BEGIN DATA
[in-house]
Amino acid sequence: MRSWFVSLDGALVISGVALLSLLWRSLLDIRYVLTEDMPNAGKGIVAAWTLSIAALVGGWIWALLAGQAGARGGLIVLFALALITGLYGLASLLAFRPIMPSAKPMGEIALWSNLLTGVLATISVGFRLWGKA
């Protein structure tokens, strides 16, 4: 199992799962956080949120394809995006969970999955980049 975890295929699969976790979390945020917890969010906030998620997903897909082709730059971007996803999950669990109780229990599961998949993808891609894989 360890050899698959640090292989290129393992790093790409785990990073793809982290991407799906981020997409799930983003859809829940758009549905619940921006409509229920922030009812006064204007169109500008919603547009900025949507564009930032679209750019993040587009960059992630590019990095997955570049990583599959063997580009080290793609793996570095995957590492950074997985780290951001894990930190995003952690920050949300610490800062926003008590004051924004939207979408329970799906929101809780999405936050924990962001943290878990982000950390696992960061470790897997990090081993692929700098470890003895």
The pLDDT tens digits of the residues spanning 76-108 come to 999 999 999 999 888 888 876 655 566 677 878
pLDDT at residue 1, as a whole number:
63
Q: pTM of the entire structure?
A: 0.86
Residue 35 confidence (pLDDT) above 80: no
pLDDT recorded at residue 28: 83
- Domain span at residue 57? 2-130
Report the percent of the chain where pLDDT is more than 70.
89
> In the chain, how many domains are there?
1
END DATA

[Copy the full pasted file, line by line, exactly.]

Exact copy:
[in-house]
Amino acid sequence: MRSWFVSLDGALVISGVALLSLLWRSLLDIRYVLTEDMPNAGKGIVAAWTLSIAALVGGWIWALLAGQAGARGGLIVLFALALITGLYGLASLLAFRPIMPSAKPMGEIALWSNLLTGVLATISVGFRLWGKA
């Protein structure tokens, strides 16, 4: 199992799962956080949120394809995006969970999955980049 975890295929699969976790979390945020917890969010906030998620997903897909082709730059971007996803999950669990109780229990599961998949993808891609894989 360890050899698959640090292989290129393992790093790409785990990073793809982290991407799906981020997409799930983003859809829940758009549905619940921006409509229920922030009812006064204007169109500008919603547009900025949507564009930032679209750019993040587009960059992630590019990095997955570049990583599959063997580009080290793609793996570095995957590492950074997985780290951001894990930190995003952690920050949300610490800062926003008590004051924004939207979408329970799906929101809780999405936050924990962001943290878990982000950390696992960061470790897997990090081993692929700098470890003895």
The pLDDT tens digits of the residues spanning 76-108 come to 999 999 999 999 888 888 876 655 566 677 878
pLDDT at residue 1, as a whole number:
63
Q: pTM of the entire structure?
A: 0.86
Residue 35 confidence (pLDDT) above 80: no
pLDDT recorded at residue 28: 83
- Domain span at residue 57? 2-130
Report the percent of the chain where pLDDT is more than 70.
89
> In the chain, how many domains are there?
1